Wednesday, February 24, 2010

No Chance at a Chance

Bouncing along the back roads of Russia, swerving at the penultimate nanosecond to pass cars we’re tailgating, I’m grateful for the plentiful potholes and our Volga’s poor shocks, as our driver must temper his speed somewhat in heed of them. The day before I’d left home, I’d acquiesced to Hope’s advice to buy insurance for the trip. In the back seat, watching wide-eyed as we surge past a motorized contraption defying categorization, I comfort myself with a promise from the insurance brochure that, should this jaunt end in my demise, repatriation of remains is a covered benefit. Immediately after one of our risky passes, an ambulance flies by. The way we’re driving, I worry we’ll see it again.

We’re ambitious today, visiting four orphanages, the furthest a death-defying three hours south of our home base. So many of our orphans hail from this backwoods institution, I’m anxious to see it. While no orphanage replicates a family, there is a quality continuum, and this one is at the bottom. The orphanage is in a sizable town also housing a large prison; some kids here are orphaned by a parent’s incarceration. Tiny wood dwellings trimmed in blue line the road; at one, an elderly babushka restrains a leashed cow in her postage stamp yard outside the orphanage grounds.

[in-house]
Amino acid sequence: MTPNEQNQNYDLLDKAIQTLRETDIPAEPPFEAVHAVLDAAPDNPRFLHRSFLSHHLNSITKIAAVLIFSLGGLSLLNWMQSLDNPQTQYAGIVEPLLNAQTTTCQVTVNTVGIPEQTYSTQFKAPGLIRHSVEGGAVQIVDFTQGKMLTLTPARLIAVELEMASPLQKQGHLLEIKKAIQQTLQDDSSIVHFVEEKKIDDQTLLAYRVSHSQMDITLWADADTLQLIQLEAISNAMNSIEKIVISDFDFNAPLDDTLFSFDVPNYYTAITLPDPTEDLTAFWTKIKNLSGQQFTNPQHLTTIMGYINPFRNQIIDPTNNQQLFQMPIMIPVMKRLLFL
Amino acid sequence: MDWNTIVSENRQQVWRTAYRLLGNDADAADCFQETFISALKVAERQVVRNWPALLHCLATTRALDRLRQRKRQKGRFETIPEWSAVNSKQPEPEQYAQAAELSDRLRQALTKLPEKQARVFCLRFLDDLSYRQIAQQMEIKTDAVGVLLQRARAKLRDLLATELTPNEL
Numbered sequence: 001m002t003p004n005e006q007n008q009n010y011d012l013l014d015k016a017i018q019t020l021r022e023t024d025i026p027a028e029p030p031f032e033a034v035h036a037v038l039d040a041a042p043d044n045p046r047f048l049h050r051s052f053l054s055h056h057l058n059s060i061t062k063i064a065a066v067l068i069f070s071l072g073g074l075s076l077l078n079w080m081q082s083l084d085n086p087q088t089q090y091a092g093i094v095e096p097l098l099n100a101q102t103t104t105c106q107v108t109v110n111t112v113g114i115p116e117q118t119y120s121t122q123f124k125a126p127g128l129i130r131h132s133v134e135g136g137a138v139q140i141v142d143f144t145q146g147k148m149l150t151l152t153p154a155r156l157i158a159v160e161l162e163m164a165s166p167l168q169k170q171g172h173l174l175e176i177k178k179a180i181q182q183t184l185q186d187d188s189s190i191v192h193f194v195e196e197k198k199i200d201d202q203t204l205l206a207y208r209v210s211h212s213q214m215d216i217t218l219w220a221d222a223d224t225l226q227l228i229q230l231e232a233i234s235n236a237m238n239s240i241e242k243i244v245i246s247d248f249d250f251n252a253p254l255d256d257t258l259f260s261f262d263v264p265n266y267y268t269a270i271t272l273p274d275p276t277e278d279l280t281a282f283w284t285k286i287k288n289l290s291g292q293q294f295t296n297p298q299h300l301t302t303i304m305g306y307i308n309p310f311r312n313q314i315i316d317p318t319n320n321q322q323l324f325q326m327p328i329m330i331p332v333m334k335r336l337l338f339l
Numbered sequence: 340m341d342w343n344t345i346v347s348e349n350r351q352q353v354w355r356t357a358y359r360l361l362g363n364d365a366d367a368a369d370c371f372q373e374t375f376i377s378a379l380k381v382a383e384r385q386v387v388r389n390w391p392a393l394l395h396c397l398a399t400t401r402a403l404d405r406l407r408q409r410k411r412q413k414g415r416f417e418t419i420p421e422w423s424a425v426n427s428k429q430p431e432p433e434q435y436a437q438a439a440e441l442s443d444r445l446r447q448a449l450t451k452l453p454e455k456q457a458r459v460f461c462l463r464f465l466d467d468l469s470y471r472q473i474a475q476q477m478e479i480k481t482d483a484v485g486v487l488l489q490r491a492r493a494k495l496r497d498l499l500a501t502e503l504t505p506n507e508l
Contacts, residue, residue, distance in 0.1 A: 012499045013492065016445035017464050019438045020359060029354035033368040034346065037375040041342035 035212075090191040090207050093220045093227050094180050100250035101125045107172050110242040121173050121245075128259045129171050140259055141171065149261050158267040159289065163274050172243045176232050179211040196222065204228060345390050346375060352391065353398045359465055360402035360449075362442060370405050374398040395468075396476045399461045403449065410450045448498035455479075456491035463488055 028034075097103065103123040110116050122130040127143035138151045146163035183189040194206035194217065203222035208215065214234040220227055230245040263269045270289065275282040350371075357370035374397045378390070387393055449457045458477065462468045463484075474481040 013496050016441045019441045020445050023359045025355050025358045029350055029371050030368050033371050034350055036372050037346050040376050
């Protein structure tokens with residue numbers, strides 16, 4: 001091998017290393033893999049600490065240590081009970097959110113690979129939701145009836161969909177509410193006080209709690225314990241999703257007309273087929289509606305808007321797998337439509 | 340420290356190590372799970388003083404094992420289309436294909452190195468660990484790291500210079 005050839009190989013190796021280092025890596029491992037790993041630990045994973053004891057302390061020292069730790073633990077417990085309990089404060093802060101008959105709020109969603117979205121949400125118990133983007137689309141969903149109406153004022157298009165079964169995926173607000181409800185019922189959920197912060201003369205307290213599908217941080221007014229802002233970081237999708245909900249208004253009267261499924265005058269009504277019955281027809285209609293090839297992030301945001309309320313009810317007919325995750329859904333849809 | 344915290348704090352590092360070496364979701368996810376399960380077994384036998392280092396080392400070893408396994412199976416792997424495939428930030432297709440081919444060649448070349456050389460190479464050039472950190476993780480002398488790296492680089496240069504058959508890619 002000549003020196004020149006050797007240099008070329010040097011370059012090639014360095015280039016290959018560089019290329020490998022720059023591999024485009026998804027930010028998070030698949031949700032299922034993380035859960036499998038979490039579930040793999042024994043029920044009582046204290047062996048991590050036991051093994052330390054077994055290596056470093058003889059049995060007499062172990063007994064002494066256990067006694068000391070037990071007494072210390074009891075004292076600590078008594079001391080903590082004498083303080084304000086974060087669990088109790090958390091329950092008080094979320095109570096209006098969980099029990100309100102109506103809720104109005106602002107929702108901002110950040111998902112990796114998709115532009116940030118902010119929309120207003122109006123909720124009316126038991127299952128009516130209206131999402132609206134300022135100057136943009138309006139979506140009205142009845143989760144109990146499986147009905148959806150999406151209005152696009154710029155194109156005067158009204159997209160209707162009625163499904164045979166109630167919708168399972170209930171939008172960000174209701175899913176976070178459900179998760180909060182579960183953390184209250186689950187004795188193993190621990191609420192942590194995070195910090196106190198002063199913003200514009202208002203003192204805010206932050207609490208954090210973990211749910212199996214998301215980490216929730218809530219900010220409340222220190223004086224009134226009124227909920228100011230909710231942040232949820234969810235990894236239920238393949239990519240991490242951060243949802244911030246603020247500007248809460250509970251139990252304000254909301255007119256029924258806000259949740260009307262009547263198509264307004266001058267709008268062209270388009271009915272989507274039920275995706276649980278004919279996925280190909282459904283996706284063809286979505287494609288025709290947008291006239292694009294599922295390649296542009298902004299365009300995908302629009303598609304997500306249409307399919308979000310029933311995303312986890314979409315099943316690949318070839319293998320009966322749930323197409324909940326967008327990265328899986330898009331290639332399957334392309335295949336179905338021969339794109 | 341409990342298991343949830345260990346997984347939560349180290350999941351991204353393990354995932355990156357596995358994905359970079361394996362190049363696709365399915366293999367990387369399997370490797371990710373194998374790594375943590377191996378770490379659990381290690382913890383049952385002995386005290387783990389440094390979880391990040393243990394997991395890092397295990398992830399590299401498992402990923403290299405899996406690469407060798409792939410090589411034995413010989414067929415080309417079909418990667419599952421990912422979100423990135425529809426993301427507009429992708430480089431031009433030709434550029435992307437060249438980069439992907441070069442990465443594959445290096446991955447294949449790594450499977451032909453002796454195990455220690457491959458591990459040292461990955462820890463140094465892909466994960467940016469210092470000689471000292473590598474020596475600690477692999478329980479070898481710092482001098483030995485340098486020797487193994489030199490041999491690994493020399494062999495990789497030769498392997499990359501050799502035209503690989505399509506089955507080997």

The Volga halts outside the orphanage. Grubby children spill out heavy doors to greet us, and shadow us in. A row of posters bearing Soviet-era safety admonitions hangs just inside, on walls thick with paint. Soiled linoleum, ’70s-style, covers creaky floors; workers in blue house dress uniforms and caps pretend to sweep but eye us warily, without welcome. After several kids’ adoptions, they worry our success will close the orphanage, at the cost of their jobs. Faith navigates the orphanages effortlessly, and we hurry to keep pace with her. I can’t get over how purposefully we race into each, meet the kids on our list, and run out. Here, children form a gauntlet along a corridor, watching us rush by. Many older boys in ill-fitting, shiny suits appear and vie for our attention as we head for the office. A teacher tells us she’s been waiting for us six hours on her day off. It’s a friendly rebuke, and she proudly breaks out an album of her daughter’s weekend wedding. In several photos, the bride is flanked by adoring parents, one of whom will introduce us to kids without any, once we’ve seen her own child. The normalcy of this Russian bride’s life, contrasted with the lives of these orphans, who know no normal, smacks me hard with its inequity.